The U.S. legal service sector lost 1,100 jobs in May, according to U.S. Department of Labor statistics released Friday.
The decline marked three consecutive months of losses for the industry and made up part of the 49,000 jobs lost in the overall market last month. The national unemployment rate increased to 5.5 percent, the highest increase in two decades, according to The New York Times.
Legal jobs were down 1.4 percent, the same decline the industry posted in April. That month, the sector lost 1,900 jobs.
Layoffs at large firms, along with tightening throughout the market generally, contributed to the lost jobs last month. Among the largest firms to shrink their payrolls was Sonnenschein Nath & Rosenthal, which cut 124 lawyer and administrative positions. Hiring remains slow, making it harder for lawyers and nonlawyers to find new jobs in the sector.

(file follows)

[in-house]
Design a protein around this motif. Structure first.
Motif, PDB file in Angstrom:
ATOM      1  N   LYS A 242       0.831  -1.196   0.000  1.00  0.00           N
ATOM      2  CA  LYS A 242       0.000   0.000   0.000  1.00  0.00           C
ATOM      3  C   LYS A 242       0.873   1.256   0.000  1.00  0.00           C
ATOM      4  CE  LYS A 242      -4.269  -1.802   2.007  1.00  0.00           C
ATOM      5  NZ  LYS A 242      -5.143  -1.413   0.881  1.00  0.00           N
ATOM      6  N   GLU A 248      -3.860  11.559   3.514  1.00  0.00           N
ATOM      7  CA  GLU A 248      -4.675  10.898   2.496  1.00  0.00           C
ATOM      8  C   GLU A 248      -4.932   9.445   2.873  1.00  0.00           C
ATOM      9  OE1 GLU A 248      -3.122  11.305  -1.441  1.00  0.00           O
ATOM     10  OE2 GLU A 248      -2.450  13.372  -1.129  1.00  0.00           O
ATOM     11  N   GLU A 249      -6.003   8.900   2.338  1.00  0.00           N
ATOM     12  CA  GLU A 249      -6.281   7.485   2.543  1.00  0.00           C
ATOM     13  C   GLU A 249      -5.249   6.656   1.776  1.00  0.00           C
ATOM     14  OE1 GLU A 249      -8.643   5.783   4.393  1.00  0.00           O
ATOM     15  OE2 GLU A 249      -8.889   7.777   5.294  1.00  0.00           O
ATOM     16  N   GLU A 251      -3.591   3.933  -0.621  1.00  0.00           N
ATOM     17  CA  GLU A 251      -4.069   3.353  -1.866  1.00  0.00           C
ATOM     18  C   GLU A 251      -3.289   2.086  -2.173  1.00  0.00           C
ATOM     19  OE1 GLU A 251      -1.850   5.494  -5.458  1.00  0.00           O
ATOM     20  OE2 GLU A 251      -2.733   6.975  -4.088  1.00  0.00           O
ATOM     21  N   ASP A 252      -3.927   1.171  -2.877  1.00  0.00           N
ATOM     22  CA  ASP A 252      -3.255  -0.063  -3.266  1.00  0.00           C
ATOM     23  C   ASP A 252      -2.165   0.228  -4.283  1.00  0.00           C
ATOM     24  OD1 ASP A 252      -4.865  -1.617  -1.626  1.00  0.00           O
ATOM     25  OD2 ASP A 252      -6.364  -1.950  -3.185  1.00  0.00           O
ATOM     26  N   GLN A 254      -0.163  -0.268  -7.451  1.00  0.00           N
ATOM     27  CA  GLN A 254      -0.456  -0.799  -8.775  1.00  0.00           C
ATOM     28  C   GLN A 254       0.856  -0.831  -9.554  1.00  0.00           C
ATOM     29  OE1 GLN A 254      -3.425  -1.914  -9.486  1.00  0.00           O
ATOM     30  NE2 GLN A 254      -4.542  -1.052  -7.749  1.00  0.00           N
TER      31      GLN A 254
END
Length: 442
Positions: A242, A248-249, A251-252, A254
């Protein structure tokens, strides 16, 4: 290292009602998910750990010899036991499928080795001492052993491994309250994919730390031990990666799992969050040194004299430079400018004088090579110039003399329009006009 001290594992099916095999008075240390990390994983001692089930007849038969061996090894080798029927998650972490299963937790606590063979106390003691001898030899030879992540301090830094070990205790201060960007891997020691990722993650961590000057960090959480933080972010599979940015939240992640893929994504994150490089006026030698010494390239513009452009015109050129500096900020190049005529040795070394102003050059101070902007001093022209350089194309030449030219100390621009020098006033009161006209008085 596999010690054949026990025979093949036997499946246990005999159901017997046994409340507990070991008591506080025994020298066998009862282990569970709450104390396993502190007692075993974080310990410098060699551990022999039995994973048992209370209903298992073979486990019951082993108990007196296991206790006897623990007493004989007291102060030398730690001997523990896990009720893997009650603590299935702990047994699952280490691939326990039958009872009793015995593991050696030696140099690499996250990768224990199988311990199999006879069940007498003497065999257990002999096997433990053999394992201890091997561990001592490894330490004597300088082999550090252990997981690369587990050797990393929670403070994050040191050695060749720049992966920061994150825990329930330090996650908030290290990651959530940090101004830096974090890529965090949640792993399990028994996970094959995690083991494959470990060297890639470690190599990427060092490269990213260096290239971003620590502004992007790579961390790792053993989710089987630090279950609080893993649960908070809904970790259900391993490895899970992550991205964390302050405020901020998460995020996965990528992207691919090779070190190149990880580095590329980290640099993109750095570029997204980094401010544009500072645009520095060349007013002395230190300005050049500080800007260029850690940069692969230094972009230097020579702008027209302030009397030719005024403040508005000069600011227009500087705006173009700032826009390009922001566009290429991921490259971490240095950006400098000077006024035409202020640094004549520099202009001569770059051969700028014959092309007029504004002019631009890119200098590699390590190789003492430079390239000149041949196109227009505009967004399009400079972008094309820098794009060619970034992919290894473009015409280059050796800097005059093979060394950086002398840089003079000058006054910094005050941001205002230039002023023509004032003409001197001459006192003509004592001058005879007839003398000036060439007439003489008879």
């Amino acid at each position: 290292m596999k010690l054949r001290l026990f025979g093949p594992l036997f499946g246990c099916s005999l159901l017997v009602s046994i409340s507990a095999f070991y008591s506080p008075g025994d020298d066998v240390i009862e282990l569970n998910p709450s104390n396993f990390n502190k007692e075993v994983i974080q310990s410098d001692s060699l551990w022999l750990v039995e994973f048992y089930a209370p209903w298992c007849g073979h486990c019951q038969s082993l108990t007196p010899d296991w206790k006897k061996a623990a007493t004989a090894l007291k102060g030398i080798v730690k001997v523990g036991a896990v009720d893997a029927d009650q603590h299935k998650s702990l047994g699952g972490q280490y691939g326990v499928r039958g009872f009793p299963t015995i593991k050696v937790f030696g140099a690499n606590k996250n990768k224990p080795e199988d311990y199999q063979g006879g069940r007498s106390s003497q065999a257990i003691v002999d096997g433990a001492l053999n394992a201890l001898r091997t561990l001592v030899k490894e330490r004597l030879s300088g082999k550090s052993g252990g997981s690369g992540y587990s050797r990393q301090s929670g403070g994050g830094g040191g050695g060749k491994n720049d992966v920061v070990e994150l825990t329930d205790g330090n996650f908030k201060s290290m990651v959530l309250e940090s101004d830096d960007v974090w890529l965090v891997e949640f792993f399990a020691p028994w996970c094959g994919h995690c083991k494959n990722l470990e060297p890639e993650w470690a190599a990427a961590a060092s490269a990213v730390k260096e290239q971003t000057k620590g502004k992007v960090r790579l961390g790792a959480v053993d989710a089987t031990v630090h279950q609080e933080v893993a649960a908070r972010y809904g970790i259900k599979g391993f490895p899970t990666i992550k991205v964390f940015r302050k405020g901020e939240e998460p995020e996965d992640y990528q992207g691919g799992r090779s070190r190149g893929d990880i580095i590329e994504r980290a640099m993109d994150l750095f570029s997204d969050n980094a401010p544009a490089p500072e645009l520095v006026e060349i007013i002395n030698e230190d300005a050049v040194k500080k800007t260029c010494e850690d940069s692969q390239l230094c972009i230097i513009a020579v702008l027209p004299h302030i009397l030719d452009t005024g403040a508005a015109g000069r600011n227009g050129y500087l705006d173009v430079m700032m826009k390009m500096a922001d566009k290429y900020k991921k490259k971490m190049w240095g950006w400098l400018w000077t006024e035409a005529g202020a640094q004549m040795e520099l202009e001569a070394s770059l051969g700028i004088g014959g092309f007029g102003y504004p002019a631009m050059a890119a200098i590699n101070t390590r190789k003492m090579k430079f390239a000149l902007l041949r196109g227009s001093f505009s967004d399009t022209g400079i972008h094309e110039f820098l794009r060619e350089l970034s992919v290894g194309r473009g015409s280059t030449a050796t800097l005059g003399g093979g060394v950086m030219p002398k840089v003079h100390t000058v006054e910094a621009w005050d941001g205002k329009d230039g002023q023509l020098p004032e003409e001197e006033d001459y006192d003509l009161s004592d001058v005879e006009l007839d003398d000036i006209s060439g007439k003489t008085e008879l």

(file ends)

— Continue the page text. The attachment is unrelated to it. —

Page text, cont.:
In total, 1.17 million people, or less than 1 percent of the overall U.S. job market, call themselves legal service employees. They include: lawyers, paralegals, librarians and secretaries. Overall, the legal services sector has lost 9,700 jobs since a year ago and 4,200 in the last six months, according to the Labor Department. The statistics are seasonally adjusted. When not adjusted, the department reports 7,500 jobs cut during the last 12 months.
The last time so few people were employed in legal services was during a lull ending in December 2005.